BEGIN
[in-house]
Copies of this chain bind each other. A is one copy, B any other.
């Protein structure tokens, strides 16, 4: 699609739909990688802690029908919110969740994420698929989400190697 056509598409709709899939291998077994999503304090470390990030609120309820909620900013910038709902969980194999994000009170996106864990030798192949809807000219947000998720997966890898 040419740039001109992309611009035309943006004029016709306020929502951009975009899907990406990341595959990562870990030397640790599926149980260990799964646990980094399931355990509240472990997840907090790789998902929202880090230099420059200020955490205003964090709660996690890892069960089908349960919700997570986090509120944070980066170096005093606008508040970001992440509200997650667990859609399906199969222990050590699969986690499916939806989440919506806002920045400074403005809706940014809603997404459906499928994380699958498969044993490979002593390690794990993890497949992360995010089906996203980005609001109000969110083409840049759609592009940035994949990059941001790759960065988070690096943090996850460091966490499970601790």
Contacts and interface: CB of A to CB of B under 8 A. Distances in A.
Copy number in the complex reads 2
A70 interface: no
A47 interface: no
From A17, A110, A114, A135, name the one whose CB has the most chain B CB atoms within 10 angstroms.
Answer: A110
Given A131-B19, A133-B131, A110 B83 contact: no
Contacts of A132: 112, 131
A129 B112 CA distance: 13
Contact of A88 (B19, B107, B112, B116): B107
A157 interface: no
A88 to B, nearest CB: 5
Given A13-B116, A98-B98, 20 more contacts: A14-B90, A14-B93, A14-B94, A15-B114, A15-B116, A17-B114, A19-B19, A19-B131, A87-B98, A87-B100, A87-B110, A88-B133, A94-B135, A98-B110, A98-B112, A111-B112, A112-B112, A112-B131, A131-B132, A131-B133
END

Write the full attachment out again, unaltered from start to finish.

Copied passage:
[in-house]
Copies of this chain bind each other. A is one copy, B any other.
């Protein structure tokens, strides 16, 4: 699609739909990688802690029908919110969740994420698929989400190697 056509598409709709899939291998077994999503304090470390990030609120309820909620900013910038709902969980194999994000009170996106864990030798192949809807000219947000998720997966890898 040419740039001109992309611009035309943006004029016709306020929502951009975009899907990406990341595959990562870990030397640790599926149980260990799964646990980094399931355990509240472990997840907090790789998902929202880090230099420059200020955490205003964090709660996690890892069960089908349960919700997570986090509120944070980066170096005093606008508040970001992440509200997650667990859609399906199969222990050590699969986690499916939806989440919506806002920045400074403005809706940014809603997404459906499928994380699958498969044993490979002593390690794990993890497949992360995010089906996203980005609001109000969110083409840049759609592009940035994949990059941001790759960065988070690096943090996850460091966490499970601790």
Contacts and interface: CB of A to CB of B under 8 A. Distances in A.
Copy number in the complex reads 2
A70 interface: no
A47 interface: no
From A17, A110, A114, A135, name the one whose CB has the most chain B CB atoms within 10 angstroms.
Answer: A110
Given A131-B19, A133-B131, A110 B83 contact: no
Contacts of A132: 112, 131
A129 B112 CA distance: 13
Contact of A88 (B19, B107, B112, B116): B107
A157 interface: no
A88 to B, nearest CB: 5
Given A13-B116, A98-B98, 20 more contacts: A14-B90, A14-B93, A14-B94, A15-B114, A15-B116, A17-B114, A19-B19, A19-B131, A87-B98, A87-B100, A87-B110, A88-B133, A94-B135, A98-B110, A98-B112, A111-B112, A112-B112, A112-B131, A131-B132, A131-B133